“So Johnny, this is a pretty good package, but why are you sitting on that shot for so long?
Also, why didn’t you cover any of the interviews with your b-roll?” I asked, even though I already knew the answer. What is the answer he gives? “I didn’t have anything else,” Johnny says.
My reply to Johnny is “next time, shoot like an editor.” I don’t think this comes naturally for student videographers. They go out with a camera, shoot a couple of interviews, grab a couple of shots and they don’t think about how they are going to put the piece together until they sit down in front of the edit computer. By then, it’s too late. A good videographer starts thinking about the edit as soon as they arrive at the location. In filmmaking it’s known as coverage but for this article I will be addressing news or sports stories and features where it is known as b-roll.
The first rule of shooting b-roll, BRING A TRIPOD! Yes they are bulky and a pain to carry and setup, but no one is the “human Steadicam.” Unless you have to shoot off of your shoulder, such as the sidelines of a sporting event where someone could get hurt running into a tripod and camera, don’t. Nothing says amateur like shaky video.
The second rule of shooting b-roll applies before you even turn the camera on. Look around. See what looks interesting or can help tell the story and make mental notes to shoot it. You would be surprised by how many things you can miss if your face is buried in a viewfinder. As a former news videographer, I quickly learned that when shooting, for example, a house fire, don’t just point the camera at the fire. The really interesting stuff and “the story” is behind you.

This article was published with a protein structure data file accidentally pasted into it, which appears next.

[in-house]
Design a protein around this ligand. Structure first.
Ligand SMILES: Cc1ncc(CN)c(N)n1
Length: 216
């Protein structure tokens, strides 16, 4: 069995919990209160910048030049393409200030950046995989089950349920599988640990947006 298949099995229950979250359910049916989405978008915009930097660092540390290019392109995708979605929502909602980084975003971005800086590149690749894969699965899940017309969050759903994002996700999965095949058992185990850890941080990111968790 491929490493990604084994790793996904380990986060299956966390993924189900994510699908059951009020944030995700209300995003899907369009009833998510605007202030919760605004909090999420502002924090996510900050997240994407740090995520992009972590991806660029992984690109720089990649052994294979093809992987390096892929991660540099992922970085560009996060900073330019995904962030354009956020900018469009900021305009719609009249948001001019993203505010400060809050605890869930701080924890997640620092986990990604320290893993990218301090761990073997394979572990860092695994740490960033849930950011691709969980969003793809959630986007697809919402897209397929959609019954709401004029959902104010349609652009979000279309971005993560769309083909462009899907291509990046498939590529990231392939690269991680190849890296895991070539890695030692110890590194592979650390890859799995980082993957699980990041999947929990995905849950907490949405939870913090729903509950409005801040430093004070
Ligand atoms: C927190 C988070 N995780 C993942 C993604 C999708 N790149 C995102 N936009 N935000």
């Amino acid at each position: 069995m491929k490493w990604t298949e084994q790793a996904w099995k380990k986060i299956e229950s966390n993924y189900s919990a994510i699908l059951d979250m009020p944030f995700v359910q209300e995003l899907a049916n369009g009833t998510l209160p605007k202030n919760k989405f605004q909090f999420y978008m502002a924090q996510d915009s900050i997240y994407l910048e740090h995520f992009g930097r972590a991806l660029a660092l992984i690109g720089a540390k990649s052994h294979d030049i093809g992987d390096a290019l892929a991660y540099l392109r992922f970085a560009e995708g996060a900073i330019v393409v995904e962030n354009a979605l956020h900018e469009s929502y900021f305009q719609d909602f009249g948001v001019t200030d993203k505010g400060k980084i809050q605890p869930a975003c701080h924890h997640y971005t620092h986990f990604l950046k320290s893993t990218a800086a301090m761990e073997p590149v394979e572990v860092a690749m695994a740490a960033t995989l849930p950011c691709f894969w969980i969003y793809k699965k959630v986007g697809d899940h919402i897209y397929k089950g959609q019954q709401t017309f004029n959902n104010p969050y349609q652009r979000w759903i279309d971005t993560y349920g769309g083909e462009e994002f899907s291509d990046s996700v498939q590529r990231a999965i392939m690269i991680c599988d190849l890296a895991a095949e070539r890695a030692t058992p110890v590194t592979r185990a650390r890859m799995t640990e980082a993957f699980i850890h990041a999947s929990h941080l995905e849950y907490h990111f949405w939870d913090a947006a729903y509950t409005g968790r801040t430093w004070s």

Another rule to follow before you turn the camera on is TURN OFF YOUR CELL PHONE! Whoever is texting you or calling you can wait. Nothing says that “I am just videotaping you for a class project and I really don’t care about your story” more than to keep checking your cell phone every 30 seconds. If they perceive you don’t care, then your subject won’t care and won’t be willing to spend the time necessary to help you get a good story.
So, now finally to the actual shooting. Think “wide–medium–tight.” Well, that’s it. Thanks for coming, please tip your waiters and waitresses.
Yes, if you can get your students to remember “wide-medium-tight” it’s a good beginning and you’ve won the first battle. When getting each of those shots remember, use your tripod, set the shot, press record, hands off the camera and count to ten. Set the camera for the next shot and repeat: record, hands off camera and count to ten. Why hands off? If you are touching the camera, you are moving the camera. The camera will shake or move ever so slightly. You will even notice your breathing. Look carefully at some of your students recently shot video, you’ll see what I mean.
When getting your W-M-T shots remind your students that the camera is not nailed to the floor. Move it to get a different angle between each shot or you risk the edited video looking like a “jump cut.” What is a jump cut? According to Walter Murch in his book In The Blink Of An Eye he gives the example “Cutting from a full-figure master shot, for instance, to a slightly tighter shot that frames the actors from ankles up. The new shot in this case is different enough to signal that something has changed, but not different enough to make us re-evaluate its context. The displacement of the image is neither motion nor change of context, and the collision of these two ideas produces a mental jarring – a jump – that is comparatively disturbing.”